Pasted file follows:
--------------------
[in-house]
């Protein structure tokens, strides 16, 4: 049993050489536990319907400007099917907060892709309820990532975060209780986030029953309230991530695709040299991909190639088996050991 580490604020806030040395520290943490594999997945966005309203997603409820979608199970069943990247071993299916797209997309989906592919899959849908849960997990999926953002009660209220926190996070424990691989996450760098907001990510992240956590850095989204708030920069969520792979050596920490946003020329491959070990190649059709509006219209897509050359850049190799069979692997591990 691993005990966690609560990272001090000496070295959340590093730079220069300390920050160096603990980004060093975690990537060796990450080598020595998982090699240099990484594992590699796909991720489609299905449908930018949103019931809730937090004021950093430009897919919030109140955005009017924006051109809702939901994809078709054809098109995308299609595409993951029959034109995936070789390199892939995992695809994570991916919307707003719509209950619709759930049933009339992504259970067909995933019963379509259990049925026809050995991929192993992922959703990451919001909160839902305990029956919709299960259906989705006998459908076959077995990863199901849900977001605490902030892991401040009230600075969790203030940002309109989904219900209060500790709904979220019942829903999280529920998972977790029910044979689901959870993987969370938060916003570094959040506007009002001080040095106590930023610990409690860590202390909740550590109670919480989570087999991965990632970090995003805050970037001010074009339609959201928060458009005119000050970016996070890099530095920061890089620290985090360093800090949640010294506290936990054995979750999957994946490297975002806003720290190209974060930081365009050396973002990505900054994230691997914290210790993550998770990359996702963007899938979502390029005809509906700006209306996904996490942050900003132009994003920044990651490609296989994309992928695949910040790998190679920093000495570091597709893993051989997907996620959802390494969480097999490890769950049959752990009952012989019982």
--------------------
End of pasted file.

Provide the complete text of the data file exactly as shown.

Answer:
[in-house]
């Protein structure tokens, strides 16, 4: 049993050489536990319907400007099917907060892709309820990532975060209780986030029953309230991530695709040299991909190639088996050991 580490604020806030040395520290943490594999997945966005309203997603409820979608199970069943990247071993299916797209997309989906592919899959849908849960997990999926953002009660209220926190996070424990691989996450760098907001990510992240956590850095989204708030920069969520792979050596920490946003020329491959070990190649059709509006219209897509050359850049190799069979692997591990 691993005990966690609560990272001090000496070295959340590093730079220069300390920050160096603990980004060093975690990537060796990450080598020595998982090699240099990484594992590699796909991720489609299905449908930018949103019931809730937090004021950093430009897919919030109140955005009017924006051109809702939901994809078709054809098109995308299609595409993951029959034109995936070789390199892939995992695809994570991916919307707003719509209950619709759930049933009339992504259970067909995933019963379509259990049925026809050995991929192993992922959703990451919001909160839902305990029956919709299960259906989705006998459908076959077995990863199901849900977001605490902030892991401040009230600075969790203030940002309109989904219900209060500790709904979220019942829903999280529920998972977790029910044979689901959870993987969370938060916003570094959040506007009002001080040095106590930023610990409690860590202390909740550590109670919480989570087999991965990632970090995003805050970037001010074009339609959201928060458009005119000050970016996070890099530095920061890089620290985090360093800090949640010294506290936990054995979750999957994946490297975002806003720290190209974060930081365009050396973002990505900054994230691997914290210790993550998770990359996702963007899938979502390029005809509906700006209306996904996490942050900003132009994003920044990651490609296989994309992928695949910040790998190679920093000495570091597709893993051989997907996620959802390494969480097999490890769950049959752990009952012989019982």